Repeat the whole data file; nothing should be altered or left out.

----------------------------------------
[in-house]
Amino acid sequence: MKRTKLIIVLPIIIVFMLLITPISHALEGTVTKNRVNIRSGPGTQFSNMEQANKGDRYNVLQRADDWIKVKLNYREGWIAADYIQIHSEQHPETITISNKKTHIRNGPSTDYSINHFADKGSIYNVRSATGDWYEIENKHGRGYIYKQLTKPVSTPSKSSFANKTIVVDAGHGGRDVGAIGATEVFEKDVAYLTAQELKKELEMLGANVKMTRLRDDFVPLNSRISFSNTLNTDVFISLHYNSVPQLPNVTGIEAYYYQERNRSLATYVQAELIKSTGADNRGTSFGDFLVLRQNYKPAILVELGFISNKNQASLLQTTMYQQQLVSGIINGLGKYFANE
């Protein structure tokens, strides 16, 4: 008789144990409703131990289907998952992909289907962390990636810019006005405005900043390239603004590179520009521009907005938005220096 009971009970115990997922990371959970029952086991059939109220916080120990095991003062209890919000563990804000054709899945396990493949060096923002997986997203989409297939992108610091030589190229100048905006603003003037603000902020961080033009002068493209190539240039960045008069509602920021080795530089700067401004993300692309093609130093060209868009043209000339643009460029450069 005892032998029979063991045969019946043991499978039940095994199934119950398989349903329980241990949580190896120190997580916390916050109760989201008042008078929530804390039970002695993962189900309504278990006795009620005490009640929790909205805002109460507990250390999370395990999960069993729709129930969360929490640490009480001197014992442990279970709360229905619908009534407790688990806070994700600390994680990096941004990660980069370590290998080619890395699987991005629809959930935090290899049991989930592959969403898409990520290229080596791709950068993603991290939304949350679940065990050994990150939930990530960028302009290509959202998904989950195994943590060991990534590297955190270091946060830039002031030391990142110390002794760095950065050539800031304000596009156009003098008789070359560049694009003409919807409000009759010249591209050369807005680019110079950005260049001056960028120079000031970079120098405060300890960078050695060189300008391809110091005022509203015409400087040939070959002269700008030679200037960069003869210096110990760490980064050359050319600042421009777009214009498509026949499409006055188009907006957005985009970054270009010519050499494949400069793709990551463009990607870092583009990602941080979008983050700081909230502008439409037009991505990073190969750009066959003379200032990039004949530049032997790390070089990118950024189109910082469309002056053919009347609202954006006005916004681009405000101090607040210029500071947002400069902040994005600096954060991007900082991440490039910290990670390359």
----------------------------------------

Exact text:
[in-house]
Amino acid sequence: MKRTKLIIVLPIIIVFMLLITPISHALEGTVTKNRVNIRSGPGTQFSNMEQANKGDRYNVLQRADDWIKVKLNYREGWIAADYIQIHSEQHPETITISNKKTHIRNGPSTDYSINHFADKGSIYNVRSATGDWYEIENKHGRGYIYKQLTKPVSTPSKSSFANKTIVVDAGHGGRDVGAIGATEVFEKDVAYLTAQELKKELEMLGANVKMTRLRDDFVPLNSRISFSNTLNTDVFISLHYNSVPQLPNVTGIEAYYYQERNRSLATYVQAELIKSTGADNRGTSFGDFLVLRQNYKPAILVELGFISNKNQASLLQTTMYQQQLVSGIINGLGKYFANE
């Protein structure tokens, strides 16, 4: 008789144990409703131990289907998952992909289907962390990636810019006005405005900043390239603004590179520009521009907005938005220096 009971009970115990997922990371959970029952086991059939109220916080120990095991003062209890919000563990804000054709899945396990493949060096923002997986997203989409297939992108610091030589190229100048905006603003003037603000902020961080033009002068493209190539240039960045008069509602920021080795530089700067401004993300692309093609130093060209868009043209000339643009460029450069 005892032998029979063991045969019946043991499978039940095994199934119950398989349903329980241990949580190896120190997580916390916050109760989201008042008078929530804390039970002695993962189900309504278990006795009620005490009640929790909205805002109460507990250390999370395990999960069993729709129930969360929490640490009480001197014992442990279970709360229905619908009534407790688990806070994700600390994680990096941004990660980069370590290998080619890395699987991005629809959930935090290899049991989930592959969403898409990520290229080596791709950068993603991290939304949350679940065990050994990150939930990530960028302009290509959202998904989950195994943590060991990534590297955190270091946060830039002031030391990142110390002794760095950065050539800031304000596009156009003098008789070359560049694009003409919807409000009759010249591209050369807005680019110079950005260049001056960028120079000031970079120098405060300890960078050695060189300008391809110091005022509203015409400087040939070959002269700008030679200037960069003869210096110990760490980064050359050319600042421009777009214009498509026949499409006055188009907006957005985009970054270009010519050499494949400069793709990551463009990607870092583009990602941080979008983050700081909230502008439409037009991505990073190969750009066959003379200032990039004949530049032997790390070089990118950024189109910082469309002056053919009347609202954006006005916004681009405000101090607040210029500071947002400069902040994005600096954060991007900082991440490039910290990670390359």